Apple: Developers Shut Off GateKeeper to Install Counterfeit Xcode

| News

Apple has a list of the top 25 iPhone and iPad apps infected with XcodeGhost, and an explanation for how counterfeit versions of its Xcode tools were installed: developers in China intentionally shut off OS X's Gatekeeper feature. Without Gatekeeper running, there wasn't a failsafe in place to alert developers that they installed malware on their own computers.

Apple says developers shut of OS X's security failsafe before installing malware-loaded XcodeApple says developers shut of OS X's security failsafe before installing malware-loaded Xcode

XcodeGhost is malware that iOS developers in China inadvertently included in their iPhone and iPad apps. Apple began pulling the titles from the App Store last week after the malware was discovered, and then said it would start hosting its Xcode installers on local servers in China.

Some coders in China had turned to local sources for Apple's developer tools because downloading from Apple was a painfully slow process thanks to China's efforts to restrict Internet access outside of the country.

Apple included the list of apps in a XcodeGhost FAQ on its website. Here's the list as of Thursday, September 24:

  • WeChat
  • DiDi Taxi
  • 58 Classified - Job, Used Cars, Rent
  • Gaode Map - Driving and Public Transportation
  • Railroad 12306
  • Flush
  • China Unicom Customer Service (Official Version)
  • CarrotFantasy 2: Daily Battle
  • Miraculous Warmth
  • Call Me MT 2 - Multi-server version
  • Angry Bird 2 - Yifeng Li's Favorite
  • Baidu Music - A Music Player that has Downloads, Ringtones, Music Videos, Radio, and Karaoke
  • DuoDuo Ringtone
  • NetEase Music - An Essential for Radio and Song Download
  • Foreign Harbor - The Hottest Platform for Oversea Shopping
  • Battle of Freedom (The MOBA mobile game)
  • One Piece - Embark (Officially Authorized)
  • Let's Cook - Receipes
  • Heroes of Order & Chaos - Multiplayer Online Game
  • Dark Dawn - Under the Icing City (the first mobile game sponsored by Fan BingBing)
  • I Like Being With You
  • Himalaya FM (Audio Book Community)
  • CarrotFantasy
  • Flush HD
  • Encounter - Local Chatting Tool

The apps on the list have either been updated to so they're XcodeGhost-free, or have been pulled from the App Store. According to Apple, the malware was capable of collecting general system information and general app information. Personal data wasn't being harvested.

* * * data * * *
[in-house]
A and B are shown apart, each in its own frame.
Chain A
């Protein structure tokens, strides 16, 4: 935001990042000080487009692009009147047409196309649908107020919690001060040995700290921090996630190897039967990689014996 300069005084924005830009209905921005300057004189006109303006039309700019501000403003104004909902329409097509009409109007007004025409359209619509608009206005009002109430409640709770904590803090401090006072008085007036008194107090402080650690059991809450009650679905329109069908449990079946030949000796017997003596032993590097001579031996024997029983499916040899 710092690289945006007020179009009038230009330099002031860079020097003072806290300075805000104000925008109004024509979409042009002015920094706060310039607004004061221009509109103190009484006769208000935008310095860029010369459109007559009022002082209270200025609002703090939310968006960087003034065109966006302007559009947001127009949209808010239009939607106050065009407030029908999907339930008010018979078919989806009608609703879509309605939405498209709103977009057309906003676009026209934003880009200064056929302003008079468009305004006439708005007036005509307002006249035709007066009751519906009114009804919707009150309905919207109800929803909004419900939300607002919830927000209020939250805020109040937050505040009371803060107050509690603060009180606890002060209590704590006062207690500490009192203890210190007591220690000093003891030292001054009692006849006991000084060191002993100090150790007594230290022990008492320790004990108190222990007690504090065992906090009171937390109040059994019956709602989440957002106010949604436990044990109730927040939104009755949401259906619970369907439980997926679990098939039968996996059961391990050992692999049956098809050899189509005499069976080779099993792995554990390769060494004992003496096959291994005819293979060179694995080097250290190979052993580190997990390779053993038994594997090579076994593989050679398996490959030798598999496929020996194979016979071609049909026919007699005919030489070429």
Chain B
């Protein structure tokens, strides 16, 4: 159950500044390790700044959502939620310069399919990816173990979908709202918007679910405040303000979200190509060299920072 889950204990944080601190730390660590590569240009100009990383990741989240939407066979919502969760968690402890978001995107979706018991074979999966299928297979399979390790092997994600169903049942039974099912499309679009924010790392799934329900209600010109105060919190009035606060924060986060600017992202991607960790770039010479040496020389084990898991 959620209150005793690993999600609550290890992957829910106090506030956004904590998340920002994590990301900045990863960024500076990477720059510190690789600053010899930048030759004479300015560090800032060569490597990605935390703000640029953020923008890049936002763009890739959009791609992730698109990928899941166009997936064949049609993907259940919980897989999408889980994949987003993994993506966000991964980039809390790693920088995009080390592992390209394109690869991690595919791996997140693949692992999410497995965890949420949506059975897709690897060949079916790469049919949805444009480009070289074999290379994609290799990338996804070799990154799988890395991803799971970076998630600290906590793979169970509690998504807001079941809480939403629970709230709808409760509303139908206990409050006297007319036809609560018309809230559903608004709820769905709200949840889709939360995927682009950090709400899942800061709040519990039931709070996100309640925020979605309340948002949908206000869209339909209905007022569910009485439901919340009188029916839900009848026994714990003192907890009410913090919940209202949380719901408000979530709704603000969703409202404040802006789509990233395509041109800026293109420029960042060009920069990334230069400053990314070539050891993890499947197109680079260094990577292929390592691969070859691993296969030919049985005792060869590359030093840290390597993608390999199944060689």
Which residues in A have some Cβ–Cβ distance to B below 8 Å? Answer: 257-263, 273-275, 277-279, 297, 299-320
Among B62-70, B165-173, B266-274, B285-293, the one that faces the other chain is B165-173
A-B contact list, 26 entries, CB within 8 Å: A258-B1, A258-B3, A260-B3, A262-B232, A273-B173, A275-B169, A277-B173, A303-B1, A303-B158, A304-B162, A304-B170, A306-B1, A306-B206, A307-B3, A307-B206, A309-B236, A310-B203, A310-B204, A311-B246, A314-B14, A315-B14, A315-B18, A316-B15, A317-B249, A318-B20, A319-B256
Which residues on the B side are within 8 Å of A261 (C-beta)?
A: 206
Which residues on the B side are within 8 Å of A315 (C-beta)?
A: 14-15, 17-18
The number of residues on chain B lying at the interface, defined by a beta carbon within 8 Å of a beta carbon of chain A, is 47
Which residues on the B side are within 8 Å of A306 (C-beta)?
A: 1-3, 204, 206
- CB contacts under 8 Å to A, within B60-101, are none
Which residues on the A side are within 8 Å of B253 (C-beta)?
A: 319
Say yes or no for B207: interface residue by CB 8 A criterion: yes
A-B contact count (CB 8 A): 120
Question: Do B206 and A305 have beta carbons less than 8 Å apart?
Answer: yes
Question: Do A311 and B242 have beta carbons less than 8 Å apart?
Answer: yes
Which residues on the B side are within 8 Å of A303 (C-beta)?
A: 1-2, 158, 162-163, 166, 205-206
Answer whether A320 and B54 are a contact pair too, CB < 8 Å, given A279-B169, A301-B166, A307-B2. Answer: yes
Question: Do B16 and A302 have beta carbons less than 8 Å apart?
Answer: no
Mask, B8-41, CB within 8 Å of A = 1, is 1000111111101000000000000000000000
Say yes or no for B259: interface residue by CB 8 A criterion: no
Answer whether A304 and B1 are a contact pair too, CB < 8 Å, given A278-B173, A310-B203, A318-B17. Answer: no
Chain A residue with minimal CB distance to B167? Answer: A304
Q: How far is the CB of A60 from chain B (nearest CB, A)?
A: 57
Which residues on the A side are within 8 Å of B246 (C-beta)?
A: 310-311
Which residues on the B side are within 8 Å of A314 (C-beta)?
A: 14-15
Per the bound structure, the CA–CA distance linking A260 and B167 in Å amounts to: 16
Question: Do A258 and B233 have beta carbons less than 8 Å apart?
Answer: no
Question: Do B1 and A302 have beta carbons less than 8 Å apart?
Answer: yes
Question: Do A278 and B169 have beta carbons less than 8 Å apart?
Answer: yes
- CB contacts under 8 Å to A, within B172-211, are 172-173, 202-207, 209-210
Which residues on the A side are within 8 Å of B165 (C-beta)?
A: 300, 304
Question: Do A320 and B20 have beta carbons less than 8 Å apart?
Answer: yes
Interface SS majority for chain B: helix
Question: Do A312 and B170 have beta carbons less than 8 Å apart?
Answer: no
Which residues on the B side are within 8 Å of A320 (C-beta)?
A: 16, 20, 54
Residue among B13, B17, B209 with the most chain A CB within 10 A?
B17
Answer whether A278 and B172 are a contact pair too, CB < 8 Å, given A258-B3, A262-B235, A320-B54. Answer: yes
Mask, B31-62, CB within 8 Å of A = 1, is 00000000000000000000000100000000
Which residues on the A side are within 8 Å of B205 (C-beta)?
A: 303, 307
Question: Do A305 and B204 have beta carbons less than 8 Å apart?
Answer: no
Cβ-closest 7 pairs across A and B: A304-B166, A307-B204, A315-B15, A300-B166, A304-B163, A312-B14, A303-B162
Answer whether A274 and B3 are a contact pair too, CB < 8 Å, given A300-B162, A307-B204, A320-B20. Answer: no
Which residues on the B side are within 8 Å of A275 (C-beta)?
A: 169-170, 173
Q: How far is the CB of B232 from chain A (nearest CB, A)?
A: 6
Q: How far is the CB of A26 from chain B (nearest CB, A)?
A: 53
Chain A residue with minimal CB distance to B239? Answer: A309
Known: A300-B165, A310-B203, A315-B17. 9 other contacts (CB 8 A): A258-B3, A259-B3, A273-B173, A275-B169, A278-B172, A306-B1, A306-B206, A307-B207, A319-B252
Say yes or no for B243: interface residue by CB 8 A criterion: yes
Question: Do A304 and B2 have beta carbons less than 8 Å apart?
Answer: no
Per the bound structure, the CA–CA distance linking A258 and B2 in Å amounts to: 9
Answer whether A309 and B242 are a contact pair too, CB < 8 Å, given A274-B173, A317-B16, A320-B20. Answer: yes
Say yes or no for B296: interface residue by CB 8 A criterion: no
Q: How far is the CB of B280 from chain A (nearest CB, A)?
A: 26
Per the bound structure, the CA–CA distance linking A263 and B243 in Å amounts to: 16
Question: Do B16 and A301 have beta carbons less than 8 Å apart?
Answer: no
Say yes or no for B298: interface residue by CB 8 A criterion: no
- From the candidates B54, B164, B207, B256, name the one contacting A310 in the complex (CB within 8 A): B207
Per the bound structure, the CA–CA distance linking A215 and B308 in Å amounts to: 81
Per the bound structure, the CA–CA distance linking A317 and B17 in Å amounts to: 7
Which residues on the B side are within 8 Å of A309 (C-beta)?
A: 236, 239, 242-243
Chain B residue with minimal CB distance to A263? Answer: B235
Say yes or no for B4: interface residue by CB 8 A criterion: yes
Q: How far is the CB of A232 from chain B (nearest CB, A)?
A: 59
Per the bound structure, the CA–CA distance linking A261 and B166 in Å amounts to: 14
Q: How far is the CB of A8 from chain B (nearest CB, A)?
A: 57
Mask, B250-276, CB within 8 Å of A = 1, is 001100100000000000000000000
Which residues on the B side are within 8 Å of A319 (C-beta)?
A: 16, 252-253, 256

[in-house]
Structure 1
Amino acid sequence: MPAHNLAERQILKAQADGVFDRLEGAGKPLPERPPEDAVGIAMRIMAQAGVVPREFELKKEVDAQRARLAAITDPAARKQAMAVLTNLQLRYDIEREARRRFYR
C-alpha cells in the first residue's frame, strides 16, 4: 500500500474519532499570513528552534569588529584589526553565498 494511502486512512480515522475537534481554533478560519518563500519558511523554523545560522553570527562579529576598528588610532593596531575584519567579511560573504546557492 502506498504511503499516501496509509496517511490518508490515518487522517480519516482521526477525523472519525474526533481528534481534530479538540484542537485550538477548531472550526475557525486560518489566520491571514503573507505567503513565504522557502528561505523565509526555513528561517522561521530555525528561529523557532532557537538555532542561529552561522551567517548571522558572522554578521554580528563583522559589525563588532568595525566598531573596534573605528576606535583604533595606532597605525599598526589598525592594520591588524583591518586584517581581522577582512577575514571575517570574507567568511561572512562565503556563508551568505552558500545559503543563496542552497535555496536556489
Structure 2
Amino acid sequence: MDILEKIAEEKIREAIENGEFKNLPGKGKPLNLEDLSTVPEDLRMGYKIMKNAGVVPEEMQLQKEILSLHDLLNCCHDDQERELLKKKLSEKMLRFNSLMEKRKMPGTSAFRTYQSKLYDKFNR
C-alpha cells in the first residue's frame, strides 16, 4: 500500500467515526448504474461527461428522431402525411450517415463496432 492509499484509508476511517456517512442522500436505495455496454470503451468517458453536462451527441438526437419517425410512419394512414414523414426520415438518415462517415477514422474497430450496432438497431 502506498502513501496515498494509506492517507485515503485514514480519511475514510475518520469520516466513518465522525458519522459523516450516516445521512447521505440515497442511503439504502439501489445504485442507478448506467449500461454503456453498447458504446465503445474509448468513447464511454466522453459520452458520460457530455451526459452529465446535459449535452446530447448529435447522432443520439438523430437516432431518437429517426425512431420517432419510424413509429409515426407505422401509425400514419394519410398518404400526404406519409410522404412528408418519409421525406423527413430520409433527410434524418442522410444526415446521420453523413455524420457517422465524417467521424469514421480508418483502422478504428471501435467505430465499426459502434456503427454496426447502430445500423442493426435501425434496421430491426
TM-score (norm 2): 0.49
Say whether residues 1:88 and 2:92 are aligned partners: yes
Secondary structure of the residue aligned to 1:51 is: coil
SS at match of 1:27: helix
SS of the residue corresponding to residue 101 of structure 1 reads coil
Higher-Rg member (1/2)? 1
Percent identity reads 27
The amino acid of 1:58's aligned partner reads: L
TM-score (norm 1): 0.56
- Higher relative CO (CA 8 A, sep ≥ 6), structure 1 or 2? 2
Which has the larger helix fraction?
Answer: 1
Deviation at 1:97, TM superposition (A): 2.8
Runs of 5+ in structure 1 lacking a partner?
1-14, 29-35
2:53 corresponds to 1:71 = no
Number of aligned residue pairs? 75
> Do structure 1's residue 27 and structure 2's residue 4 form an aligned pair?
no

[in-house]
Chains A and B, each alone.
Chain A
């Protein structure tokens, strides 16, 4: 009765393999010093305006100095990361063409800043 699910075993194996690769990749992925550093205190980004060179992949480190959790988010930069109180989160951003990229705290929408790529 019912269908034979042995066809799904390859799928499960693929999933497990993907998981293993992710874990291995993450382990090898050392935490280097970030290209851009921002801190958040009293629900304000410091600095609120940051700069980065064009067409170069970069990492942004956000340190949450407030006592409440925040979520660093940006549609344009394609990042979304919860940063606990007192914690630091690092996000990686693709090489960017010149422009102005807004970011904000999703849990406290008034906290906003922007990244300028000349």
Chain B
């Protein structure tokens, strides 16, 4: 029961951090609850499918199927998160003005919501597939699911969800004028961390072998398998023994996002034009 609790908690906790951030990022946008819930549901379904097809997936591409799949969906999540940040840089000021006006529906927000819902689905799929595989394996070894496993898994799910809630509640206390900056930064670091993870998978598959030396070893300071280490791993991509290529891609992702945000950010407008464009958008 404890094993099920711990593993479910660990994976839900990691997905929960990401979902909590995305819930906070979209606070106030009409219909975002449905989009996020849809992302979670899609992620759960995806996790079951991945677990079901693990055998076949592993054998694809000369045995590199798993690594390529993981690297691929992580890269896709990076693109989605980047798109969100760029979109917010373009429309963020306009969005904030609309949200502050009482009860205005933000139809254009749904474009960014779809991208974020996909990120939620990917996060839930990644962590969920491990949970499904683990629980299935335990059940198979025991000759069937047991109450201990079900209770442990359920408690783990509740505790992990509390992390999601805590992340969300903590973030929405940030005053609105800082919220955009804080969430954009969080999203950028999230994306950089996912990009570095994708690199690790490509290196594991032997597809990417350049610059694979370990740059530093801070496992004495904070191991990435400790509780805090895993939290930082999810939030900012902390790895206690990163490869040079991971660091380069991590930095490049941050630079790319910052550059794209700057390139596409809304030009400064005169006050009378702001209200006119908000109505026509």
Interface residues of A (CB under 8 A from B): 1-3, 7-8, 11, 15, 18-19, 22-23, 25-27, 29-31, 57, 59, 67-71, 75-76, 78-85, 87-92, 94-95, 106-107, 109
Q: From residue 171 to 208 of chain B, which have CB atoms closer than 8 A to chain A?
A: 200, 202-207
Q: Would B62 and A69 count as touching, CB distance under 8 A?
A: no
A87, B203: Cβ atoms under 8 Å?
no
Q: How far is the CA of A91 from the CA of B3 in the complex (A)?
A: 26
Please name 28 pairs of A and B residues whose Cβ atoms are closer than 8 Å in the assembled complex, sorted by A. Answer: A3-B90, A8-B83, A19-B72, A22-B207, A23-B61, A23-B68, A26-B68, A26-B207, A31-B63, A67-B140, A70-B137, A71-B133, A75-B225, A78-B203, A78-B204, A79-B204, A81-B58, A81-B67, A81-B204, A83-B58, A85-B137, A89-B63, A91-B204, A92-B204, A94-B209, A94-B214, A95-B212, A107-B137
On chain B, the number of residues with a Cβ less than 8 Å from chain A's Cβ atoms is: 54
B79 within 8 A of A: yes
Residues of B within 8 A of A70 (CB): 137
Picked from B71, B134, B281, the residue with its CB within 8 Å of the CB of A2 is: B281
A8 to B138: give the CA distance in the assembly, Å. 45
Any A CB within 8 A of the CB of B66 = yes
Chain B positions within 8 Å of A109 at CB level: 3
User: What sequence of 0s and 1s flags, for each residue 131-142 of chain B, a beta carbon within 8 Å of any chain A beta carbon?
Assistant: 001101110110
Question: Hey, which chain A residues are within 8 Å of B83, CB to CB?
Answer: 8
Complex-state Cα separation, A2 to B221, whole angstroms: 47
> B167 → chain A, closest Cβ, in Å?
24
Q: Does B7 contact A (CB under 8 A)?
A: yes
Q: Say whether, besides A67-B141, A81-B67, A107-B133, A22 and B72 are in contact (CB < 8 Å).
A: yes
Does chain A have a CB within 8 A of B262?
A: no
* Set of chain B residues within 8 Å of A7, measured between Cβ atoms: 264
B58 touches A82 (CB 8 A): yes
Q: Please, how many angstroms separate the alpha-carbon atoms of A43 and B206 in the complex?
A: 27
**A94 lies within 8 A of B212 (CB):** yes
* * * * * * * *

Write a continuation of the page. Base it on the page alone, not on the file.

Apple's take on how XcodeGhost was able to get by OS X's security measures is interesting because the company says it shouldn't have happened. According to Apple,

Apple incorporates technologies like Gatekeeper expressly to prevent non-App Store and/or unsigned versions of programs, including Xcode, from being installed. Those protections had to have been deliberately disabled by the developer for something like XcodeGhost to successfully install.

That means some developers in China intentionally turned off Gatekeeper so they could install Apple's coding tools after downloading them from non-Apple sources.

Now we know how counterfeit versions of Xcode were installed, but what we don't know is why the infected iOS apps slipped through Apple's screening process. So far, Apple is staying tight lipped on the subject.

The Mac Observer Spin The Mac Observer Spin is how we show you what our authors think about a news story at quick glance. Read More →

Developers downloaded Xcode from non-Apple servers and disabled Gatekeeper. How could they not expect to be writing malware-laden apps? Still, that doesn't let Apple off the hook for failing to catch the infected titles.

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Apple should go midevil on these morons. Drop them as registered developers. Don’t accept their apps. Purge the ones that are already there. Maybe Apple has been a bit naive by trusting the developers to do the right thing. But I don’t think it’s too much to ask for basic code hygiene.


Hmmm, I wonder if Apple could add a self check to Xcode, if Xcode is modified it can’t compile apps. On the other hand, how stupid can you be to disable Gatekeeper permanently!!


Basically you are blaming Apple for not thinking a few developers might be moronic in going around their safeguards - how do you out-think the incredibly stupid. you can’t. It’s like people who jailbreak their phones just so they can change the UI and then whine when they download malware. Or people who sue you for hurting themselves while trying to rob you. But look at the end of the day, they couldn’t get around apple’s second layer of security to send out personal info, the info they grabbed coule pretty much be found at appAnnie reports. This is not exactly like the stolen fingerprint DB ...

Graham McKay

Not having anything to do with the developer program I don’t know how the screening process works for submitted apps. But if they are in a compiled format it must be quite hard to to run checks for embedded malware. So presumably those checks have made an assumption about code tagged as being directly from Xcode.

Nobody should be claiming the App Store (aka walled garden) approach is impenetrable to malware - the best we can say is that it’s a lot (lot lot) better than trying to guess which web sites have “clean” apps!

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